Francesco Scavullo (1921-2004)
Initially assistant to Horst P. Horst, this American fashion photographer was best-known for his cover photographs for Cosmopolitan, Seventeen, Harper's Bazaar, Vogue and Rolling Stone magazine as well as his celebrity portraits.
Mario Sorrenti (b.1971)
Italian fashion photographer renowned for his female nudes. Best known for his shots of Kate Moss in the publicity campaign for Calvin Klein's "Obsession". Has worked for Harper’s Bazaar and Vogue and for several of the world's top designer labels including Prada, Benetton, Yves Saint Laurent, Lancome and Paco Rabanne.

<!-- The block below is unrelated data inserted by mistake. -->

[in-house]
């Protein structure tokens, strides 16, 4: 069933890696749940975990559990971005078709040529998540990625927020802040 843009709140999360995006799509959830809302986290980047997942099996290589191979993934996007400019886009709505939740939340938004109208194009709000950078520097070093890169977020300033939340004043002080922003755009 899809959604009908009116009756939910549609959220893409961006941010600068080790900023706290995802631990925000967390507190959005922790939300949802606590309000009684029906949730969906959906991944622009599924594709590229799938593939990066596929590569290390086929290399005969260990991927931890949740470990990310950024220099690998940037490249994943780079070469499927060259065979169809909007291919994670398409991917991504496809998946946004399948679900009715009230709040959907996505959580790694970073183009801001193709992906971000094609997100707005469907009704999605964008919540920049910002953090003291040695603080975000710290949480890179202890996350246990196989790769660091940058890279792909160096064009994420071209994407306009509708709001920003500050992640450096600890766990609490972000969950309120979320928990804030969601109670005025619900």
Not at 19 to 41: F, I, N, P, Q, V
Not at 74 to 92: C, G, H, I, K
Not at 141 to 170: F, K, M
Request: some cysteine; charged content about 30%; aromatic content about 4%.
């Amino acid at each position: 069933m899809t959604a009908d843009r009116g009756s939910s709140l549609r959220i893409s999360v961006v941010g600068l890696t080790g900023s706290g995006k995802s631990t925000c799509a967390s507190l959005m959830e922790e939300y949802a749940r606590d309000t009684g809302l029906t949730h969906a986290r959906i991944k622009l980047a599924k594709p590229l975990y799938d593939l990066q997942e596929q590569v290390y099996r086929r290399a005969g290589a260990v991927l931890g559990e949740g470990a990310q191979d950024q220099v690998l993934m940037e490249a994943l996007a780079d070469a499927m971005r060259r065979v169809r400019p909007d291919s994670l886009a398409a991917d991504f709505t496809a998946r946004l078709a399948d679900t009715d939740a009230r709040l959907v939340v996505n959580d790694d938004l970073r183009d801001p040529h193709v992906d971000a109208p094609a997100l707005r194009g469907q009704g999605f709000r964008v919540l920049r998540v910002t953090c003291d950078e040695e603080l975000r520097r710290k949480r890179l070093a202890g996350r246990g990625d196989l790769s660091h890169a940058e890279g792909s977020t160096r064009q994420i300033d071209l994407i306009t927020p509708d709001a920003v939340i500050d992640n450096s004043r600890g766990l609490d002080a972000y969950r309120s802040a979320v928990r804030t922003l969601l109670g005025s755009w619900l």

Edward Steichen (1879-1973)
Challenged by Lucien Vogel, publisher of Jardin des Modes and La Gazette du Bon Ton, to promote fashion as a fine art through the use of photography, Steichen produced a series of shots of ballgowns designed by couturier Paul Poiret, which are now considered to be the first ever modern fashion photographs. Like Man Ray, Steichen is now seen as one of the most important contributors to the history of photography in the 20th century.
Bert Stern (1929-2013)
American fashion photographer best known for "The Last Sitting, a collection of over 2,000 photographs of Marilyn Monroe, taken for Vogue during a single three-day period, some six weeks before her death. Also photographed Elizabeth Taylor, Audrey Hepburn, Madonna, Kylie Minogue and Drew Barrymore.
Mario Testino (b.1954)
Peruvian fashion photographer renowned for his advertising campaigns for Gucci and Dolce & Gabbana, but best known for his 1997 Vanity Fair cover photos of the late Diana Princess of Wales. Has also photographed Madonna for Versace.
Oliviero Toscani (b.1942)